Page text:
Books are a great way to work on inferencing in your speech therapy sessions, at home, or in your classrooms.
The ability to make inferences is a key part of skilled reading comprehension and effective communication – after all, we use it every day! Children need to be able to understand the unspoken connection between statements, as well as their implied meaning. Explicitly teaching and reinforcing inference-making leads to better outcomes in overall text comprehension, text engagement, and metacognitive thinking. 
How to teach inferencing:
An inference is using facts, reasoning, and observations to come to a conclusion. Books are a great way to introduce and target inferencing and are a good in-between step between simple pictures and text-based inferences. Wordless picture books work especially well for inferring because they are highly dependent on making inferences to comprehend the story. The list below contains some wordless picture books but you can find many more in this post here!
25 Wordless Picture Books
Target inferencing by asking children to make assumptions or predictions for the characters in a book. Though predicting is slightly different than inferencing (a prediction will likely be confirmed later in the book while an inference will be more abstract), they are closely related. Have the student use the clues that the author provides – either in the text or images –to guess what will happen next. Once they’ve answered, have them explain why they predicted that. Students should be able to cite the evidence they used to draw conclusions in order to make the implicit process more explicit.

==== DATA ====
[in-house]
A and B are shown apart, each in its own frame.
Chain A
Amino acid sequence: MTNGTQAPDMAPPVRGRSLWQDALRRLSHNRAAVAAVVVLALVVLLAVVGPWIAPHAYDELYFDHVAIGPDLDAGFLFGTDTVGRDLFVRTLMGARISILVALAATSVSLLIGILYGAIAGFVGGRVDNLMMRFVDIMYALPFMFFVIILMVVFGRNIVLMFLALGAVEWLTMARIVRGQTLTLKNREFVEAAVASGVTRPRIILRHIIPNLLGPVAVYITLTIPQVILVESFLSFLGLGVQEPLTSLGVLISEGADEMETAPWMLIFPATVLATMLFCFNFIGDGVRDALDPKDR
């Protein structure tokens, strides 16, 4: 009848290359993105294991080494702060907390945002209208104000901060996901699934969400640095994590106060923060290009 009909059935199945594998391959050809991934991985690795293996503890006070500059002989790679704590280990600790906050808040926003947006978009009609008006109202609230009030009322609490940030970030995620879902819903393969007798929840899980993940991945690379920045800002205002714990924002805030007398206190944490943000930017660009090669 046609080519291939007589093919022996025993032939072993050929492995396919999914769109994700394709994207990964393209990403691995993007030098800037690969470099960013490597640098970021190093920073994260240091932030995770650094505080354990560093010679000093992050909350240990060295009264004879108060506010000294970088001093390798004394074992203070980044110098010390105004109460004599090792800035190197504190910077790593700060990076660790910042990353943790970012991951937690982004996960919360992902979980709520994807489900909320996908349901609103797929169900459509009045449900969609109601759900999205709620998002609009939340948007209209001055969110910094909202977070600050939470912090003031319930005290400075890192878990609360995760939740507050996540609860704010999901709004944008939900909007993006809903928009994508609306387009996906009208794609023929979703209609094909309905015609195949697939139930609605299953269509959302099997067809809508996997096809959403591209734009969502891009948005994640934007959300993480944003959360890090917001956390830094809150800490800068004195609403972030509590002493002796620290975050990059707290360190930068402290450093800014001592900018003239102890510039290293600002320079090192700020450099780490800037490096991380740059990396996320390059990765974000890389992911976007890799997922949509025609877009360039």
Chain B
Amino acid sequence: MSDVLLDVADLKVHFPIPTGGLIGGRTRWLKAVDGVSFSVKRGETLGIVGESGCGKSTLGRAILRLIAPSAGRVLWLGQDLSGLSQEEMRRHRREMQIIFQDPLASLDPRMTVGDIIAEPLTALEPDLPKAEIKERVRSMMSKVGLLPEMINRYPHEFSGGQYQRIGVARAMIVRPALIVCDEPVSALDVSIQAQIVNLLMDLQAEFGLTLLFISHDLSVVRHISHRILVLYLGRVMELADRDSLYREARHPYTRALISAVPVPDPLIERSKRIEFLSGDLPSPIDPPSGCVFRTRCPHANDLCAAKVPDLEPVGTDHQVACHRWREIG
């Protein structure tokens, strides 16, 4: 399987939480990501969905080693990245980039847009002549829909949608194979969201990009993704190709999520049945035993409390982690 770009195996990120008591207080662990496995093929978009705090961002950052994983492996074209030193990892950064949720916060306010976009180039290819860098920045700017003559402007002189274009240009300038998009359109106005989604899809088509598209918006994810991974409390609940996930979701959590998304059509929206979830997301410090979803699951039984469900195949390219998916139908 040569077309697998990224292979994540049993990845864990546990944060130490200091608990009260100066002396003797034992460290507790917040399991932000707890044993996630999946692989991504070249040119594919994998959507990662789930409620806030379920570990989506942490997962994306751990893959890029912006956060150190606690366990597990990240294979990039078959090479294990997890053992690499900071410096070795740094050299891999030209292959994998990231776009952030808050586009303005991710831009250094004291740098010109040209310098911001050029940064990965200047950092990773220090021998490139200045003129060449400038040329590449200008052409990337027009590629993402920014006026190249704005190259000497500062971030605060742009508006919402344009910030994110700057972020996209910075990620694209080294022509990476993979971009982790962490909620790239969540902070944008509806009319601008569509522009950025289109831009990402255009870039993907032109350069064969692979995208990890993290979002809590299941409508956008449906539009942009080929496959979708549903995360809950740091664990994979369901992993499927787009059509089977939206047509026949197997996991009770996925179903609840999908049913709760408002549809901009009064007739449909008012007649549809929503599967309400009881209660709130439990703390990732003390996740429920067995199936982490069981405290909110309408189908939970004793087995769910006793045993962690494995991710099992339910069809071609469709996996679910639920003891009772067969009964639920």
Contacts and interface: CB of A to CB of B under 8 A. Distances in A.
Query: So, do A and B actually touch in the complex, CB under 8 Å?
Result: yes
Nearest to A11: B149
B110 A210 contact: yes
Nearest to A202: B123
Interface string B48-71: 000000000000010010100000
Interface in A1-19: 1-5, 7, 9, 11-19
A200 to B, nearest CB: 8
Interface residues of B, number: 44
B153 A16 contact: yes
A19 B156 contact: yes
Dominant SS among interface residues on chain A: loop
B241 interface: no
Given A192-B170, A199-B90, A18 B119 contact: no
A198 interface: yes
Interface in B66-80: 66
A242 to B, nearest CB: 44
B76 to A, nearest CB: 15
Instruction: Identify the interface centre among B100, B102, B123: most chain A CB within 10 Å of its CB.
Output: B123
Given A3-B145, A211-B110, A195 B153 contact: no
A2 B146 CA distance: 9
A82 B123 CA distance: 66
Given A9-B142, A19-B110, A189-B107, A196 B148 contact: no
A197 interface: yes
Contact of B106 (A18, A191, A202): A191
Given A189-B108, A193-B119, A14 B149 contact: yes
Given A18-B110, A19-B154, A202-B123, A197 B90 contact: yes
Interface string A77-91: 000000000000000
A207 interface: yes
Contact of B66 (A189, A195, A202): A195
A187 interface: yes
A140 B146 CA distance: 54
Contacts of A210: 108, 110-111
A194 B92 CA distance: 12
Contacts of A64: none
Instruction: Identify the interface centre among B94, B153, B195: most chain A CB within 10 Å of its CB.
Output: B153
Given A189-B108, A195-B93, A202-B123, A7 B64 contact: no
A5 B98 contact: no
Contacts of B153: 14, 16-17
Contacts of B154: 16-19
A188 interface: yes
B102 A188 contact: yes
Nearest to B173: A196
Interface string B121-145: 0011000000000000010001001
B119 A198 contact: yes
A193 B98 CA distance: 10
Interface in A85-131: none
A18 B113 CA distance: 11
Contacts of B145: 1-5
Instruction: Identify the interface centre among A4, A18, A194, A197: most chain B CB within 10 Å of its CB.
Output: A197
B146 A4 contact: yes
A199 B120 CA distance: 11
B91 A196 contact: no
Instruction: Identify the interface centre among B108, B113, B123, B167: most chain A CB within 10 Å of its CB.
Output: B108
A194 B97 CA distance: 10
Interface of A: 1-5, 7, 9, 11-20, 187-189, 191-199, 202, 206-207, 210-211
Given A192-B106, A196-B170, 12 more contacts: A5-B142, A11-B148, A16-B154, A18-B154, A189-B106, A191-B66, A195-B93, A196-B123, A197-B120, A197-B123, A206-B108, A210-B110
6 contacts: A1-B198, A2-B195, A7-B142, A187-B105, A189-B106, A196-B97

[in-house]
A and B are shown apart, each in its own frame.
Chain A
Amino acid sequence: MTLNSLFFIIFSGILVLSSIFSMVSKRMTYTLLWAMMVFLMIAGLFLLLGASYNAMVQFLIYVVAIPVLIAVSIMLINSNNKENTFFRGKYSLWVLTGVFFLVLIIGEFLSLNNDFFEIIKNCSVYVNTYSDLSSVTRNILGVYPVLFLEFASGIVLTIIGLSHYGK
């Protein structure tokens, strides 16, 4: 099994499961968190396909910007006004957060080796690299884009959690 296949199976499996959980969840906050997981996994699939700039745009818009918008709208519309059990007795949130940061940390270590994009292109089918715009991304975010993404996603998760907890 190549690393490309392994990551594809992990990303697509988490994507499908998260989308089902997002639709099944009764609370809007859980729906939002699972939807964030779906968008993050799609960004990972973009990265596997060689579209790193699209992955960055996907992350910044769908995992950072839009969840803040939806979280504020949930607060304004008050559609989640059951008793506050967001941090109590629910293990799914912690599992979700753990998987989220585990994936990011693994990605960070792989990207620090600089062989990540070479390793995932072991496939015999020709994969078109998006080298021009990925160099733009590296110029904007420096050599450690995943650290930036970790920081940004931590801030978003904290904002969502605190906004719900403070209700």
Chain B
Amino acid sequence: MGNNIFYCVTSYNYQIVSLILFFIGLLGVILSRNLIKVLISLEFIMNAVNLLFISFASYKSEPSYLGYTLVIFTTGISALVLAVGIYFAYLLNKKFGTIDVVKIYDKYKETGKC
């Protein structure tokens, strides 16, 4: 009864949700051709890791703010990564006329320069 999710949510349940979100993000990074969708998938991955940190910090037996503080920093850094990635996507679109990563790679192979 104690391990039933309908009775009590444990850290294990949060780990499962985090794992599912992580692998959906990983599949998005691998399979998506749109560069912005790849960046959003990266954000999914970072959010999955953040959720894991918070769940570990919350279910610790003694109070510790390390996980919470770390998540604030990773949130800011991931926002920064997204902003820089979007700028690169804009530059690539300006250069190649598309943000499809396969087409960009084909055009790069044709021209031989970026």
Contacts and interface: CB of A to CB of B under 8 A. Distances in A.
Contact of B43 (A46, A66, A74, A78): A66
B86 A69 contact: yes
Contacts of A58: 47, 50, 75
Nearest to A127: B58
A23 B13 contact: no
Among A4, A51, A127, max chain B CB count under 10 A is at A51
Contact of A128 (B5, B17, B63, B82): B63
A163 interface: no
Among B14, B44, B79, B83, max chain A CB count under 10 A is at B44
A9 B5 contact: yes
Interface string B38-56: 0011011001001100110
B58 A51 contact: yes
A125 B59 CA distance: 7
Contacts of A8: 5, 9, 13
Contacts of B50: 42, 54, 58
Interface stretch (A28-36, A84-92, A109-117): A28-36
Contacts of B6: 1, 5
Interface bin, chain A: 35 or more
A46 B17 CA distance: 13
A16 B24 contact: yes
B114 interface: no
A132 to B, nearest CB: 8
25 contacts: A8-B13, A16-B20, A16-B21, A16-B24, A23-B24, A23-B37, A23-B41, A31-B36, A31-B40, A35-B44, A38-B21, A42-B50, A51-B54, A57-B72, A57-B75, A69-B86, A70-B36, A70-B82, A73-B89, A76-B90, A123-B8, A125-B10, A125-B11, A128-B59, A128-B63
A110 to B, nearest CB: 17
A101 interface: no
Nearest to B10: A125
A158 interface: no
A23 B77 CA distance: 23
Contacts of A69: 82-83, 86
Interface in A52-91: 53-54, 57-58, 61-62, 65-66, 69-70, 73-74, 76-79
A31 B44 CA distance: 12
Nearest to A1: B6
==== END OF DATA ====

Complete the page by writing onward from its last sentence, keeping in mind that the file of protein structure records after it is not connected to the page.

You can also focus on inferring what a character is feeling or thinking based on what they say or how they look. The standard who, what, when, where and why questions open endless possibilities. For example, looking at a picture of a boy smiling at a puppy:
- Who is the boy in the picture?
- What is he going to do next?
- When did this happen?
- Where is he?
- Why is he smiling?
Some of my favorite books to use:
Thanks for reading!
Do you have any other books to add to this list?
 Borné, L., Cox, J., Hartgering, M., & Pratt, E. (2005). Making inferences from text [Overview]. Dorchester, MA: Project for School Innovation.
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